At the time of writing/publishing (23 Dec. 2006) we don't have much time left to decorate for X-mas. This simple paper star could be your rescue.

The star is named after its inventor, Friedrich Wilhelm August Fröbel (1782-1852). It was conceived as one of many activities for children in Kindergarten (nursery school), another invention of his.

This star is perhaps the most famous of his handicraft constructions, and the net has numerous descriptions of how to fold it, but I think this site would not be complete without one.

According to the wikipedia, it is also known asAdvent star, Danish star, German star, Nordic star, Pennsylvanian star, Polish star, Swedish star, and Christmas star in English.

[Note: Most steps are illustrated by more than one picture. The idea was that alternative views would help the viewer understand what's going on. Unfortunately, since 2006, this site has become greedy, and has clamped down on the free viewing of these alternative views. Now you have to pay to see them. Not exactly what I had in mind. They have also "edited" the title of this Instructable, as if I would not know what to call my own instructables. The title should be "Fröbelstern", nothing more, nothing less.]

Step 1: Cut Paper Strips

You need four paper strips, at least 30 times longer than wide.

It really helps if their width does not wary too much along their length, so if you can get hold a roll of ticker-tape or some other type of pre-cut paper strips, go for it. An office cutting machine is a good option if you have to make your own.
<p>You could buy QUILLING paper for small stars. It comes in about quarter inch upwards. Just a thought.</p>
<p>I must admit I had never heard about quilling before I read your comment here. Judging from pictures on the web, it might work. If such strips bend and behave in a favourable way, it would certainly save time using them.</p>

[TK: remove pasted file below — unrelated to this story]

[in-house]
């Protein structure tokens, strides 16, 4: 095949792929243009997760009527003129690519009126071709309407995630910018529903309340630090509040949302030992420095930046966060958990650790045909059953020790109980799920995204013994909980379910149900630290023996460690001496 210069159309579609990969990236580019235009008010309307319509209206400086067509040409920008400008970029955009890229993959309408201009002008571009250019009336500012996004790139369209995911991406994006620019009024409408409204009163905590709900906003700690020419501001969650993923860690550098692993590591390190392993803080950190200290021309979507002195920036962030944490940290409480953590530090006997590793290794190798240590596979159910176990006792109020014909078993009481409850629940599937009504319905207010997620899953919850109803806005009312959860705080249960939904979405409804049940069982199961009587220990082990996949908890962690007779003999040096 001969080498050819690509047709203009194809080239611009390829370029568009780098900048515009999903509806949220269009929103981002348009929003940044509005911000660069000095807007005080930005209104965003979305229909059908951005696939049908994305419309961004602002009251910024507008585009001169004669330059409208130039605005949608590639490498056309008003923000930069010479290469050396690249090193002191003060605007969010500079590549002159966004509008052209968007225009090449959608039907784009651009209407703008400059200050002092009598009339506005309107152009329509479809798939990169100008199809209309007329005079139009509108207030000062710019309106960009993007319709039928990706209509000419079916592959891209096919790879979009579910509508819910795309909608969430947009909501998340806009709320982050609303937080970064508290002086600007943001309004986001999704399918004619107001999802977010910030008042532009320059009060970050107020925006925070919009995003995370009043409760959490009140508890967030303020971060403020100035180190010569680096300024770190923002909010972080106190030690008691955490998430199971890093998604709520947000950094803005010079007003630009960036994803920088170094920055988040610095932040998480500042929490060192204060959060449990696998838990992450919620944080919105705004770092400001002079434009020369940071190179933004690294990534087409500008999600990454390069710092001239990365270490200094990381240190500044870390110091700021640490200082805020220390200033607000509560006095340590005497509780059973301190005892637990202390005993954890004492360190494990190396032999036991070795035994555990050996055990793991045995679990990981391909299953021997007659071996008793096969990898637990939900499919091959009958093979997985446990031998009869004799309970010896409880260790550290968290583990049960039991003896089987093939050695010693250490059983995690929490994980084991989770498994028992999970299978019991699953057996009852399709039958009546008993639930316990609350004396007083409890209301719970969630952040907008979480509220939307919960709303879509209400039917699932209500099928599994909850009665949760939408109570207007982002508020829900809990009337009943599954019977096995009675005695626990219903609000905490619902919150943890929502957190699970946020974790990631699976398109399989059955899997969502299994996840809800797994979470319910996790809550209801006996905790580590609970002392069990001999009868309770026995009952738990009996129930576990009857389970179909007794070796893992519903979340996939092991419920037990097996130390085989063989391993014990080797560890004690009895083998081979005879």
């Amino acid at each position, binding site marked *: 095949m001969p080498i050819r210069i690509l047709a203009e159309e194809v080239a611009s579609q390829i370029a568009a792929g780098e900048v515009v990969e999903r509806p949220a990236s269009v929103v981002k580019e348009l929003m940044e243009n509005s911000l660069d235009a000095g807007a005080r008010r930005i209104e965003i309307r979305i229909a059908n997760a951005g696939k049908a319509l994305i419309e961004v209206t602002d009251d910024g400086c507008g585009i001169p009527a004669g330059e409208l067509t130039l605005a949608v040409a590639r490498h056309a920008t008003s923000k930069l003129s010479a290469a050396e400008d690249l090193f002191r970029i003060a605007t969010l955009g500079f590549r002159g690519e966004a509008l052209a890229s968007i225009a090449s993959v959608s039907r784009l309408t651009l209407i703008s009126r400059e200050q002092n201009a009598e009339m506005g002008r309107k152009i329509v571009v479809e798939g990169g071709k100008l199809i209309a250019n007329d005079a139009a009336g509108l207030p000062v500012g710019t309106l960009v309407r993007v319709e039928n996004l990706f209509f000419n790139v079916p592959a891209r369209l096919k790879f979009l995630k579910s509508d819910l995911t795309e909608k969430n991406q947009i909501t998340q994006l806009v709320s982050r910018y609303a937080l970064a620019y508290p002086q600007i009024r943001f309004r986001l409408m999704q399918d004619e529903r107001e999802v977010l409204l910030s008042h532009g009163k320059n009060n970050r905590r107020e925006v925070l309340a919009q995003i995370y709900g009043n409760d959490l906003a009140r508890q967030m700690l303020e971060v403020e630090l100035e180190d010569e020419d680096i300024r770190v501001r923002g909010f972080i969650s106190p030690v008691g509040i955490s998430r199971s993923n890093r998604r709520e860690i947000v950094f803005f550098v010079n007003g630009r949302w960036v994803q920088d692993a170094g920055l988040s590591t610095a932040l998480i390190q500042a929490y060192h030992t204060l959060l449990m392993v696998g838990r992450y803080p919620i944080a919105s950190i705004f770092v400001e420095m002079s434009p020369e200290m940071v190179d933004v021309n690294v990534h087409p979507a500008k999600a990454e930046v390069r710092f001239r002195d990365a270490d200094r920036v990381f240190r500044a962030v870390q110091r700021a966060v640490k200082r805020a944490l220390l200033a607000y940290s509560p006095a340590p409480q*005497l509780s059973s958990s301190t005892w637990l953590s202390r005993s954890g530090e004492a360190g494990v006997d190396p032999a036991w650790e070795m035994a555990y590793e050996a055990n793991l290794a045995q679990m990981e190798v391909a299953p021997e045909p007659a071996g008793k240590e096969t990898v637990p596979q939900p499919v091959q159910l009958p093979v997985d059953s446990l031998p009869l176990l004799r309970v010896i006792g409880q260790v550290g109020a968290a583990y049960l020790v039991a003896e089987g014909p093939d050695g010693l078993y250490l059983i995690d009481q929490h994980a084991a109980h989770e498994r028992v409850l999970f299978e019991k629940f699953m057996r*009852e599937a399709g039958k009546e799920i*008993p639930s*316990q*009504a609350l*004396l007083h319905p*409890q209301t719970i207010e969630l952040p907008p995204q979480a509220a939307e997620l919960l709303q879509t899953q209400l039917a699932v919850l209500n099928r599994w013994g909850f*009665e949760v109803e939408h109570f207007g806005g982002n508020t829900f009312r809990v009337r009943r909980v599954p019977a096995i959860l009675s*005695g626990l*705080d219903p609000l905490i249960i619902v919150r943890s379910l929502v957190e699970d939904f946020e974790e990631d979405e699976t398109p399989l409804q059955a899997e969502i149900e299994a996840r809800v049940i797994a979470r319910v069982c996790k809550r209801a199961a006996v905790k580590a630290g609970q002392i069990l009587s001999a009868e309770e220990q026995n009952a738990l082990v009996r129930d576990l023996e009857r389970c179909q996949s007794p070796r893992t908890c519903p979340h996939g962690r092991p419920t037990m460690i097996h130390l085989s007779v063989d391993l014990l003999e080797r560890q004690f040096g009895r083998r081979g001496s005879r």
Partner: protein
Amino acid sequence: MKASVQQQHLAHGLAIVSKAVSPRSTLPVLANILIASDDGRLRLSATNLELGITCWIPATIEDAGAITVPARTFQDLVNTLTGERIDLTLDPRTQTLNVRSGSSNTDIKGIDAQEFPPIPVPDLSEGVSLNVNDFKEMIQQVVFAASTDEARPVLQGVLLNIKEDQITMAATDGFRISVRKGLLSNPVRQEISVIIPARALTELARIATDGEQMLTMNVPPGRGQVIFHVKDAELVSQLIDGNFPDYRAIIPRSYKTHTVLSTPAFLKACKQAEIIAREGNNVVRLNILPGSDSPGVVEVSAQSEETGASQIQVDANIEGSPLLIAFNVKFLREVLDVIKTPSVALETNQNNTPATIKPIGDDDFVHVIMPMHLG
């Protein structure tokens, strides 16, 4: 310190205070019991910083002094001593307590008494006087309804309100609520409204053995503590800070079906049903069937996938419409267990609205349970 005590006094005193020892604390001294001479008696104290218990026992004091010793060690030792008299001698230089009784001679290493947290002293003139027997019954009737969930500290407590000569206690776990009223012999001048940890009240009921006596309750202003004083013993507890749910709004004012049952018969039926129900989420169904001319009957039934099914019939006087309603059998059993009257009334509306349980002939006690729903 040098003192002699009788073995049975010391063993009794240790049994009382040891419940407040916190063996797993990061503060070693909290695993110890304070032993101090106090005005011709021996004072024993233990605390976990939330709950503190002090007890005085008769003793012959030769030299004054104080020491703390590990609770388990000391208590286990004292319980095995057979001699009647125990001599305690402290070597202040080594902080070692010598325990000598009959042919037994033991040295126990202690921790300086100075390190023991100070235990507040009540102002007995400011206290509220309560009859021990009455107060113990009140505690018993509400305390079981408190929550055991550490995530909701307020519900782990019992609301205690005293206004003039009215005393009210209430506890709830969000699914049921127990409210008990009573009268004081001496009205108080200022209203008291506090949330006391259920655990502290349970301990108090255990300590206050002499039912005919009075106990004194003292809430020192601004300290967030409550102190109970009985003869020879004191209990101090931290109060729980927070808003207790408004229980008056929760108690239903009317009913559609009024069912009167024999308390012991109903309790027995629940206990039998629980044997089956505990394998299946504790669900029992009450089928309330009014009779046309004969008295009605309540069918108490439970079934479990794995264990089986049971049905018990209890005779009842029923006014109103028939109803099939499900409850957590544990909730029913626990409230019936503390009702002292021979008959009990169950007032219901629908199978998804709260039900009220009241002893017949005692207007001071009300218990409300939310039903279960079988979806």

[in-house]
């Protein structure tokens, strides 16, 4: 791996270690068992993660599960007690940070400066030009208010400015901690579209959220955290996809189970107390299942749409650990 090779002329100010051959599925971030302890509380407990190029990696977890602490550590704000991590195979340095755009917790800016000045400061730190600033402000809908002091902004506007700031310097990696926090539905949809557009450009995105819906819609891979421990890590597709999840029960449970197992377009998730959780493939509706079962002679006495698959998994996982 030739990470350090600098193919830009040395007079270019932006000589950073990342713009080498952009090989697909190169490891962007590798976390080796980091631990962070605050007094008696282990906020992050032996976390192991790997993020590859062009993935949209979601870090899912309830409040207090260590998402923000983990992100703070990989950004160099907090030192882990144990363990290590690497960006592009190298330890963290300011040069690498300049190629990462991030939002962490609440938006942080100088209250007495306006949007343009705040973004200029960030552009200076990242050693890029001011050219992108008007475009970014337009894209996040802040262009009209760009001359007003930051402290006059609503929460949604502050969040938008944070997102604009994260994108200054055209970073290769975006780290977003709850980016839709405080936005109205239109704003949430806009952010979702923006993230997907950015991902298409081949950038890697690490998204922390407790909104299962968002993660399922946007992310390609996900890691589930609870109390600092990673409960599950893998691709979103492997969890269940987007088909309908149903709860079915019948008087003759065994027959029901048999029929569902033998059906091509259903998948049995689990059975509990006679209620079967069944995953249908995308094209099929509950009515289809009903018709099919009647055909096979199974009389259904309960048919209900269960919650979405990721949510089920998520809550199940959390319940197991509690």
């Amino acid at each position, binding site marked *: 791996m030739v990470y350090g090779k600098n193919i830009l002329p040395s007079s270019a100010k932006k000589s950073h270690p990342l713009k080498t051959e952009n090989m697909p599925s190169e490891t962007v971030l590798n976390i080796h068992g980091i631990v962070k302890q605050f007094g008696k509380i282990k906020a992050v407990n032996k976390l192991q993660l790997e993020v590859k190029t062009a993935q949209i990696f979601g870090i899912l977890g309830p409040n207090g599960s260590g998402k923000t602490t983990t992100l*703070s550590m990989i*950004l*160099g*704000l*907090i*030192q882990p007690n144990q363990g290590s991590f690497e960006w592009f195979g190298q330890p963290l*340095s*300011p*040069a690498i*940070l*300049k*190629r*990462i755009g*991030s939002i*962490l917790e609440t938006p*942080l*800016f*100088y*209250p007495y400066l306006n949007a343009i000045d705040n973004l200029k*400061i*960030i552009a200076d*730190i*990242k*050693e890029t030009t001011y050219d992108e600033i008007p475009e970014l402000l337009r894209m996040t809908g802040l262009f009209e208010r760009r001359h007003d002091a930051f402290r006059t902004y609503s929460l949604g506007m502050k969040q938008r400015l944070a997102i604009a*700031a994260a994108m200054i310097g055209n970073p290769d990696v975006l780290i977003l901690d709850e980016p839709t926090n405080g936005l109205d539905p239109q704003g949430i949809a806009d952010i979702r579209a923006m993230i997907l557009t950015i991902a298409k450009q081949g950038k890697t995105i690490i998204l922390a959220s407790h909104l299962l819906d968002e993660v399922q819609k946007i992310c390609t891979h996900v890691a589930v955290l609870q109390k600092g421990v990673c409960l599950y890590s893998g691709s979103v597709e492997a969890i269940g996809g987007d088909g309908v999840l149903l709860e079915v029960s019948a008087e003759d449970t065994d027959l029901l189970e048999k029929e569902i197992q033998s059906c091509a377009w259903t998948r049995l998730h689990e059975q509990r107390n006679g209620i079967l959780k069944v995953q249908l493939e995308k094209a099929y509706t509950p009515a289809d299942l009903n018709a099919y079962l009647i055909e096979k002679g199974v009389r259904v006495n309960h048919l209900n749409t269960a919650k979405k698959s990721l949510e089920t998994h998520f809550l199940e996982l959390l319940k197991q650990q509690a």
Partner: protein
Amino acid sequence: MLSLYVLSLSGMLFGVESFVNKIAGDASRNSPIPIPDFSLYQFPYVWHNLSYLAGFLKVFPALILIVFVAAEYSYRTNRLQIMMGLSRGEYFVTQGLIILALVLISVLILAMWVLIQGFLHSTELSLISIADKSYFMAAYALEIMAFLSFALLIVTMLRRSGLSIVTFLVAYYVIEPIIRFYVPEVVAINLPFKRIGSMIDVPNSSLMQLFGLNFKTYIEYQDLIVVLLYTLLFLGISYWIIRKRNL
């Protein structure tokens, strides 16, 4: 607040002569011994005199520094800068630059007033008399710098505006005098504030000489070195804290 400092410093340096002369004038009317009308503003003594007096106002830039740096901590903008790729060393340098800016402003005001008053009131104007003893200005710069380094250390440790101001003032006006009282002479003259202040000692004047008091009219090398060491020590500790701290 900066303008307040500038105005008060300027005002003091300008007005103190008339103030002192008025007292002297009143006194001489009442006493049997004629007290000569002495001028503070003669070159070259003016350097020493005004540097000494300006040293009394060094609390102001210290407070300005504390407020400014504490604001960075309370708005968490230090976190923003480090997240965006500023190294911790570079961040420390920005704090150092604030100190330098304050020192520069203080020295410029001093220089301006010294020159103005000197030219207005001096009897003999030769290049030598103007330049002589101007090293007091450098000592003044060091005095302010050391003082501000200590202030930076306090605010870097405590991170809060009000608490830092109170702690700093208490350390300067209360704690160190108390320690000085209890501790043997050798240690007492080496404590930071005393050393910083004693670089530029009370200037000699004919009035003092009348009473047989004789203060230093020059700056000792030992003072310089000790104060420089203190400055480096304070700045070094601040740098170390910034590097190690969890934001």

I remember making these as a young girl for our Christmas tree. My mother must have learned how to make them when we were stationed in Korea in 1964-1965. We dipped them in parafin an sprinkled them with glitter. I am so glad to be able to find this. I am now an 8th grade math teacher and thought these would make a fun project for Christmas and use Geometry concepts as well. <br>
thank u very much for adding this instructable. I made some stars and hung it on ceiling, it looks beautiful.I must admit, it is hard but it is okay.
Has anyone made any using the type of ribbon that we put on gift packages? There's all the pre-cut strips you could want, except for the length!
We have a Print Shop and if known how to make these my hole life. its easy for me because I get thousands of strips a month just from our cutter.
Thanks for adding this Instructable! We had some of these stars as ornaments when I was a kid. Tradition has it that you dip them in melted parafin, then dust with glitter. They last a long time this way. Imagine them made from high quality rag paper, coated with clear parafin to preserve. <br/><br/>I have made them from all sizes of paper ribbon, all colors, and they're beautiful! Go here: <a rel="nofollow" href="http://highhopes.com/3dstar.html">http://highhopes.com/3dstar.html</a> to find long paper strips in various widths/colors. Now I want BIG ones, so I'm trying paper adding machine tape (3&quot; wide), and will spray with fixative or varnish to preserve. The stars end up 4 times as wide as the strip of paper, so my 3&quot; paper tape will yield 12&quot; wide stars...SO HAPPY!!!!<br/>
This looks hard- well only a little...
i dont get it, help!!!!!!!!!
Great job! I tried making one of my own, but... I don't think I'll ever try it again. I don't have the patience.
I like this very much and very easy. I like.
Image shows my smallest star to date, objects placed side-by-side on flatbed scanner and covered with black cloth. This image replaces former comment that contained link that is no longer valid.
I used to work in one of the old mainframe computer rooms where everything was super clean and no mess was allowed. It was hard to decorate for christmas because of that. So I spent about a month making over 200 of these stars and attaching string. One night after everyone else had gone home, I taped the stars to the ceiling so they hung at about 6 ft. and up. When people came in in the morning they were greeted with a sea of nice clean stars. Everyone was ecstatic. That year they voted christmas a success.